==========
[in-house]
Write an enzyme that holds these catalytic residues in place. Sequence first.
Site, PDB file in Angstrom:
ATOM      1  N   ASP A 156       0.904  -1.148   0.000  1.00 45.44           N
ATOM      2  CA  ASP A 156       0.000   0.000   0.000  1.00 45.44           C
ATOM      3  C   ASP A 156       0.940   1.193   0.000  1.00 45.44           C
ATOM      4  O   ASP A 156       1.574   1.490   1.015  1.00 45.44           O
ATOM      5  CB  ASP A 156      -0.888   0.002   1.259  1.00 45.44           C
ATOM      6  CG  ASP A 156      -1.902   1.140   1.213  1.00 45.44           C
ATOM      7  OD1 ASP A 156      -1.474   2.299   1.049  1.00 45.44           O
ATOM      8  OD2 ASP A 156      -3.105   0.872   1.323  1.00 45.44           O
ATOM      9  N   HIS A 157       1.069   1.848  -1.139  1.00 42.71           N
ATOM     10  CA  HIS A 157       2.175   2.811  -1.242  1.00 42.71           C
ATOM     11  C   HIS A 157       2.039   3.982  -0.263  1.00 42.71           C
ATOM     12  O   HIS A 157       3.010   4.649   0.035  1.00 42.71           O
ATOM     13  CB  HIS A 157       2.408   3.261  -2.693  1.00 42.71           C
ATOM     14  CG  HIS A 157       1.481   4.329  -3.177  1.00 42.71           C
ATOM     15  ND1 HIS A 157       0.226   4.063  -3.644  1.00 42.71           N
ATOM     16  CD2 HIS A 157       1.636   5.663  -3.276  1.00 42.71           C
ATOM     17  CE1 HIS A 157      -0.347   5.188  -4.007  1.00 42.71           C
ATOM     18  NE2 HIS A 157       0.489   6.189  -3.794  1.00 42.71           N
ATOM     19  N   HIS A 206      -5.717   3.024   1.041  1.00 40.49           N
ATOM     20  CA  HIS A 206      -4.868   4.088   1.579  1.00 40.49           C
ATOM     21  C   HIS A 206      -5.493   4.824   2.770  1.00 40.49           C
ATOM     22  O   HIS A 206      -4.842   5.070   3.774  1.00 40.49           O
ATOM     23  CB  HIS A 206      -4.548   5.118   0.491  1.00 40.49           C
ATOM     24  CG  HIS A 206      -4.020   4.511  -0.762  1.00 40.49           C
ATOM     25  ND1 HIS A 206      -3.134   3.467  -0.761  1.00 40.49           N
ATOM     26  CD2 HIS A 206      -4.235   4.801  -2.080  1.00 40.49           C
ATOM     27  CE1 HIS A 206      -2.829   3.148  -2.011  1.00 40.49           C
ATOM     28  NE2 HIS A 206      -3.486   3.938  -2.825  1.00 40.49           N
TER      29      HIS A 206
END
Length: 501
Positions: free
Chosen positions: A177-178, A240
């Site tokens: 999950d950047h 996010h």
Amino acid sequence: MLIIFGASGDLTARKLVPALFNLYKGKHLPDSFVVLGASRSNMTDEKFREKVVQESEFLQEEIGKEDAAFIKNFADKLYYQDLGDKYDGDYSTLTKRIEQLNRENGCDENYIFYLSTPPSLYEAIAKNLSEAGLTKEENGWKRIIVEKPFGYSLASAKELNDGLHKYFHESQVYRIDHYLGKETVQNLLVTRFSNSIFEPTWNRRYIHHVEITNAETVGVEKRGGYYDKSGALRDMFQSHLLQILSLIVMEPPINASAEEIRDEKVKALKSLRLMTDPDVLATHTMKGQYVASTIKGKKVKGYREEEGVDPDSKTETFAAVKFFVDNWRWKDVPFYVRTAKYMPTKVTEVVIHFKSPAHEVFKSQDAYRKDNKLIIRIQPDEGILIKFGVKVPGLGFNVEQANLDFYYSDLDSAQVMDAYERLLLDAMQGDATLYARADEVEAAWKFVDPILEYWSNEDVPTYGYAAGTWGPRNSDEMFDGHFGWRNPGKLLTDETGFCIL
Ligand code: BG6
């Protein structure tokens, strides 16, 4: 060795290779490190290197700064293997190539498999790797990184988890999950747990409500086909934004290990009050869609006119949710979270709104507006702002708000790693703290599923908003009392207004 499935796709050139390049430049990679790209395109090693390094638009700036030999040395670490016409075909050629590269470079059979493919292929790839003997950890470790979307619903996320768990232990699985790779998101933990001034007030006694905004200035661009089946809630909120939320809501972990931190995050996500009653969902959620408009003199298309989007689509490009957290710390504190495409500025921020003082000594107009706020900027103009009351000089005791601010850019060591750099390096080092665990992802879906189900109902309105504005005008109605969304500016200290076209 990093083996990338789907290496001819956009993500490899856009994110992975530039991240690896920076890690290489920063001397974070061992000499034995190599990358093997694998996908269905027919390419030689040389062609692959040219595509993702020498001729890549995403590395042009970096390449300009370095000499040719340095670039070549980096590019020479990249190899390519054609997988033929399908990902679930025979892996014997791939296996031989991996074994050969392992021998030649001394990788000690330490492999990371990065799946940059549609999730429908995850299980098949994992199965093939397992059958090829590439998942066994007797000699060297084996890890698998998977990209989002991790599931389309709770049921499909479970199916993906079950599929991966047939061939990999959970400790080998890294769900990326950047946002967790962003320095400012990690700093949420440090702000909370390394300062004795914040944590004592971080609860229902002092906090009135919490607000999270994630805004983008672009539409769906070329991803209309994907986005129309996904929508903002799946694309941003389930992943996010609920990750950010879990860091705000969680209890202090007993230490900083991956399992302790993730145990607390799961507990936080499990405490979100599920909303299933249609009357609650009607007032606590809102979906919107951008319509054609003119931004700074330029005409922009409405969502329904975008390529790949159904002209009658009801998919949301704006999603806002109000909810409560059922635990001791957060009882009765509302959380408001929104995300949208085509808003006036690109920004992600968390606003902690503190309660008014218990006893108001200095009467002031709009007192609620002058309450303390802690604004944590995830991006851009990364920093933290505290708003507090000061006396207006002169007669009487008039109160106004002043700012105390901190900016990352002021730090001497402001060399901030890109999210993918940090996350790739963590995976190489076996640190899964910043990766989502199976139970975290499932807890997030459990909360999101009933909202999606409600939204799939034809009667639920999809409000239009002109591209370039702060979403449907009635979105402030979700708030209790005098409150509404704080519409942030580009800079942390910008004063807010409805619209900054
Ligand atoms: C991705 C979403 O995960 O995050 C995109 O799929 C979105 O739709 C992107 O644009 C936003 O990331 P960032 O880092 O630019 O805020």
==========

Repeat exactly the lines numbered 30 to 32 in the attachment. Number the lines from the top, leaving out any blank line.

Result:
ATOM     27  CE1 HIS A 206      -2.829   3.148  -2.011  1.00 40.49           C
ATOM     28  NE2 HIS A 206      -3.486   3.938  -2.825  1.00 40.49           N
TER      29      HIS A 206